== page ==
Welcome, Tremor Enthusiasts! This is the first post in a series intended inform and entertain Tremor Technologists with recent changes in the
tremor project. We'll mostly focus these posts on Pull Requests and other notable developments. With these posts, you can stay informed and learn more about the project without having to read pull requests, or wait for release notes.
This posts' theme is open and improved communication.
Where's the next release of Tremor?!
Tremor's release schedule is becoming a bit more regular. We're releasing about twice a year, every 6 to eight months. The next release of Tremor should include an exciting new way to write plugins with the plugin development kit, along with other goodies for faster, well understood tremor scripts and plenty of other performance and bug fixes.
Most notable as an update for us all is that Tremor has a release candidate live. If we're pleased with it, then a new version of tremor is soon to be released!
One of my favorite parts of working with tremor, or any project, is using automation. Running a bunch of stuff on my machine can be quicker, but less reliable than a well established automation platform. Tremor makes an effort to improve Continuous integration regularly; and this month is no exception.
One of our active members of the Tremor Community, Pimmy has taken it upon himself to dramatically improve the CI and relase process for
The new process will automatically publish a release when we're ready. Using this automatino, we can bump versions appropriately with specially named branches and some fancy GitHub Actions. This lets the Tremor team take full advantage of the seamless GitHub experience from merge -> release, complete with logs and links directly from the Pull Request. We can even extract release notes and bump versions automatically. Once again, truly great work from our community here!
PDK (Plugin Development Kit)
I won't spend too much time on this point, since the lovely marioortizmanero has already taken the time to write out a full blog post or two on the topic. We'll give a full breakdown another time. For now: know that Tremor is currently in the works of creating an easier way for developers to plug their own binaries into the system to run connectors and pipelines.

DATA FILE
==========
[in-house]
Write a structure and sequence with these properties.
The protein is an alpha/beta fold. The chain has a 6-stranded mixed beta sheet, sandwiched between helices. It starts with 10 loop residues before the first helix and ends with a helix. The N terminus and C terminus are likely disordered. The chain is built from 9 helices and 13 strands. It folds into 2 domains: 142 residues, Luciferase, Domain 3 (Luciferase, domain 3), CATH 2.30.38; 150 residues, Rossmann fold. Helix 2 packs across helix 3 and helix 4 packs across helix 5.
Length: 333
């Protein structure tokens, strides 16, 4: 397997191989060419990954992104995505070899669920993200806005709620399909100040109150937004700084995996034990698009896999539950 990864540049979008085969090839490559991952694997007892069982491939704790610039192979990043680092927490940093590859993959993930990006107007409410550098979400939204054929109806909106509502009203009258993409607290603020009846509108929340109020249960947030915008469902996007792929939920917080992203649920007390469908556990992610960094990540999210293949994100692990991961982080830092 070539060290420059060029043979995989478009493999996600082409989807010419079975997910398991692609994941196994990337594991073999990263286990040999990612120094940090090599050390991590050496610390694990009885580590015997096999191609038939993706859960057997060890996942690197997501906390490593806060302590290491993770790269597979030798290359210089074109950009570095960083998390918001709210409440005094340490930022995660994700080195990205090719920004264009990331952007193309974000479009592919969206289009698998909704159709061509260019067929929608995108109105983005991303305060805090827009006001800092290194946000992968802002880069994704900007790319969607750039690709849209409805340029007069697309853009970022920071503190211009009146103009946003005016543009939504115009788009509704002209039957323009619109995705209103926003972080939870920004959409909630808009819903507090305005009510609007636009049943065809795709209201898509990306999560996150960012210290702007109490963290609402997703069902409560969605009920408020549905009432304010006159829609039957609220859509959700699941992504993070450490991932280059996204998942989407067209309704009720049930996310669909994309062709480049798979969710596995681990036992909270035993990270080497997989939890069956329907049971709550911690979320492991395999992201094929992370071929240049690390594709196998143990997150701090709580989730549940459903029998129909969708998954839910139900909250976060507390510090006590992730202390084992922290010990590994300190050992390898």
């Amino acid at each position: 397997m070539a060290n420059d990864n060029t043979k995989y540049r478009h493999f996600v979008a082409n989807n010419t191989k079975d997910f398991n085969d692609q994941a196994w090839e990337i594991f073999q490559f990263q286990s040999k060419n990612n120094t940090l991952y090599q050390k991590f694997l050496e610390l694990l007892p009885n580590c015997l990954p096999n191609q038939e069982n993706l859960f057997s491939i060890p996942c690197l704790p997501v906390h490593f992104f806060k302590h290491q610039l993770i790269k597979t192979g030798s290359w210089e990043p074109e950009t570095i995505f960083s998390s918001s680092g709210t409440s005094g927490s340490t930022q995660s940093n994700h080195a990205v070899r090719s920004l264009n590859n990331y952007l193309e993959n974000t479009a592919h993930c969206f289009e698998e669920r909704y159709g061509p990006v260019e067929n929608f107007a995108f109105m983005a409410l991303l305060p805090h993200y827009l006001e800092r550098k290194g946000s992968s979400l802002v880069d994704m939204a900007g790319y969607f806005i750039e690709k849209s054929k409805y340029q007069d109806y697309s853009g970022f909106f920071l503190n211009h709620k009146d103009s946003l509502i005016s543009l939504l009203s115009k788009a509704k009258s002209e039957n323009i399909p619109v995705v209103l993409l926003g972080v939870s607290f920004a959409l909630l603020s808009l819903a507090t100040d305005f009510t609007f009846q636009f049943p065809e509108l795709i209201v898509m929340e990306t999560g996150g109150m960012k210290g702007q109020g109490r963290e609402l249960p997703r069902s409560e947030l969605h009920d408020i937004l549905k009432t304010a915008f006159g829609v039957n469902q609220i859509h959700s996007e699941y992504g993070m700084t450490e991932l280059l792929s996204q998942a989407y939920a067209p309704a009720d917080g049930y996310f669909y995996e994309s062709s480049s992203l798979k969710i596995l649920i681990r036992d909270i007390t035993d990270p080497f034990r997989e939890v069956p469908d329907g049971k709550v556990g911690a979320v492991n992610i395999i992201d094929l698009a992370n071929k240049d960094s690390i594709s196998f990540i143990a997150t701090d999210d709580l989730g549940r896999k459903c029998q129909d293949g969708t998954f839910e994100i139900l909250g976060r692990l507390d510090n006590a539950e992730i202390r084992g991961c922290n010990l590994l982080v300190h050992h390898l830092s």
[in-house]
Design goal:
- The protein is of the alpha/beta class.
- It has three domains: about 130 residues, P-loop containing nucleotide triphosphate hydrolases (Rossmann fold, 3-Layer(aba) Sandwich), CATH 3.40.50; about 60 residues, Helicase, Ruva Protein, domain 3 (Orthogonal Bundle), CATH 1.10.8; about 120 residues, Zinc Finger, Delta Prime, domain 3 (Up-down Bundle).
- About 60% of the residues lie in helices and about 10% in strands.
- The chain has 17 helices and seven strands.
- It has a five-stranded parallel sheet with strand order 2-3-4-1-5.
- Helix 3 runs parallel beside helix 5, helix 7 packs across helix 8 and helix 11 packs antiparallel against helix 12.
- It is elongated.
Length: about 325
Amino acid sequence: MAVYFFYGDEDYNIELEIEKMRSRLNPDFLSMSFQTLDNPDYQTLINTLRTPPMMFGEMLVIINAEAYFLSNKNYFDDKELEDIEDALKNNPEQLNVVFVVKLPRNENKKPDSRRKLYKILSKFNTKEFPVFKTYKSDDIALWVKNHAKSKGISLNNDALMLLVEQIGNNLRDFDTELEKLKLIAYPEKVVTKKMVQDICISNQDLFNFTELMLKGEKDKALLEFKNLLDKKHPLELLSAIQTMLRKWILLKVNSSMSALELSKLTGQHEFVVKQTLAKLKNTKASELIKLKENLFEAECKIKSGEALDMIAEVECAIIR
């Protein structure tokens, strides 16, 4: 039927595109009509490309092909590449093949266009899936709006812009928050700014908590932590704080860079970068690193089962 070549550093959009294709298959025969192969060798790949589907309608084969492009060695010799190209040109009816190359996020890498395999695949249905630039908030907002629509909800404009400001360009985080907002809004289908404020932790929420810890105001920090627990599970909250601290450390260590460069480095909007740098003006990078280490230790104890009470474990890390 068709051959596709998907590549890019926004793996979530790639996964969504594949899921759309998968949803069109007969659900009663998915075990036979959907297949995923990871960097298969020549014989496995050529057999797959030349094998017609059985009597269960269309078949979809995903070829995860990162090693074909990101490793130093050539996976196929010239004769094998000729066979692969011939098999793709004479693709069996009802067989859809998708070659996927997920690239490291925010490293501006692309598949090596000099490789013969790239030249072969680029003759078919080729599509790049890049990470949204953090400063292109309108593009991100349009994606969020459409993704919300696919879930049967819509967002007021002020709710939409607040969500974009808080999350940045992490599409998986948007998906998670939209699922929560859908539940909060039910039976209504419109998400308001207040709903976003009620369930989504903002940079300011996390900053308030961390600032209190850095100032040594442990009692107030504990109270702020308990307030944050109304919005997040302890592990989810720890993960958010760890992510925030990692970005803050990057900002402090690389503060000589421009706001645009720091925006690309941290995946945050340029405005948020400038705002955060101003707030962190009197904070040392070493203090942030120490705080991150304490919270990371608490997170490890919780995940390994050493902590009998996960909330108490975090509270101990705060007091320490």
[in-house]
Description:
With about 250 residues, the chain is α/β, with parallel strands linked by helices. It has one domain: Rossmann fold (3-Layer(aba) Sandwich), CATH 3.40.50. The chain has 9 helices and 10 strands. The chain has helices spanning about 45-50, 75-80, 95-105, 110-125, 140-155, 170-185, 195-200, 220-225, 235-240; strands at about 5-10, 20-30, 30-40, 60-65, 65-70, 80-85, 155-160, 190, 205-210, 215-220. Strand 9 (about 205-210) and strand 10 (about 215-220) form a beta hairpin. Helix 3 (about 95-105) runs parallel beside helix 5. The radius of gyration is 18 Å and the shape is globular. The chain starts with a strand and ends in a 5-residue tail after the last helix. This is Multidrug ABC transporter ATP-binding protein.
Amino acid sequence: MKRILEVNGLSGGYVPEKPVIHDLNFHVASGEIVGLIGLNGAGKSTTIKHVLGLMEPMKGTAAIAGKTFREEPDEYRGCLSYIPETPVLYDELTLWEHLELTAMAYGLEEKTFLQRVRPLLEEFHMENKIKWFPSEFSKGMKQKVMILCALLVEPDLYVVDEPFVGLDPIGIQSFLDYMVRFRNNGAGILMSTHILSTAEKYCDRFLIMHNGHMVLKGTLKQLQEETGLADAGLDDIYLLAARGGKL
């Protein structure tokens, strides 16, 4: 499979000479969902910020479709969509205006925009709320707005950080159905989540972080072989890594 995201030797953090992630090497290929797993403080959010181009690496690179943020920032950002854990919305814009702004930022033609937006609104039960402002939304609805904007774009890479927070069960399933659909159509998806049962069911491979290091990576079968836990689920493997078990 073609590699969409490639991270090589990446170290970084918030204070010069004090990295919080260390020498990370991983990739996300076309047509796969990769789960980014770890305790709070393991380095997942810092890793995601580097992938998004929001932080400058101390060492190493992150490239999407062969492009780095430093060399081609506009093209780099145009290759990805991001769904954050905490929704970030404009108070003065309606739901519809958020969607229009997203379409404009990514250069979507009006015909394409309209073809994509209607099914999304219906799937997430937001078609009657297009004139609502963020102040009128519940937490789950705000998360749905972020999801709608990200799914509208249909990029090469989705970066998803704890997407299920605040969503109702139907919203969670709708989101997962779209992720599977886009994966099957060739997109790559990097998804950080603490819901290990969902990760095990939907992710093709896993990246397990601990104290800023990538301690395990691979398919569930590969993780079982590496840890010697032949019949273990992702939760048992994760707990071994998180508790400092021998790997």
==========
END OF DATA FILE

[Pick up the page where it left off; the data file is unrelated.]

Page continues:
Tremor cares a lot about performance. As you may already know from TremorCon 2021's fabulous talks; it was originally created and adopted for performance gains in Wayfair's event processing infrastructure. There are plenty of performance gains to make in a project as large as Tremor, both inside the project and through dependencies.
One such dependency we depend on to parse gigabytes of JSON per second is simd_json.
simd_json is a port of the simdjson c++ library into rust. It can not only parse from JSON into Rust, but aid the
serde library that can easily serialize and deserialize Rust data structures. That's pretty handy for an event processing project that will have to marshal plenty of events from disparate sources of all data forms! As you might imagine, a project like
simd_json comes with a lot of configuration options, and optimizations behind those options.
Further than just the configuration that you might give
simd_json, is the options you may give to the rust compiler. The compiler, by default, compiles for the largest compatability. For best performance on a specific plaform, we make use of the
target-feature flag. This will allow us to target specific features available on different platforms and CPUs.
It should be no surprise that we continue this effort within the Tremor team. Know that we also depend on our community, such as a pull request from scarabsha. Sasha idenfitifed additional target-features for the target
x86_64-unknown-linux-gnu that speed up the performance of
simd-json. There's not a benchmark to show exactly how much faster this made json processing, but we appreciate the fact that it will undoubtedly increase performance for some clients of Tremor.
The Tremor project as strong as the community around it. Reading this article, making contributions, and generally being involved in the project makes us more successful. Thank you for reading and contributing! See you next time.
- Gary, and the Tremor team.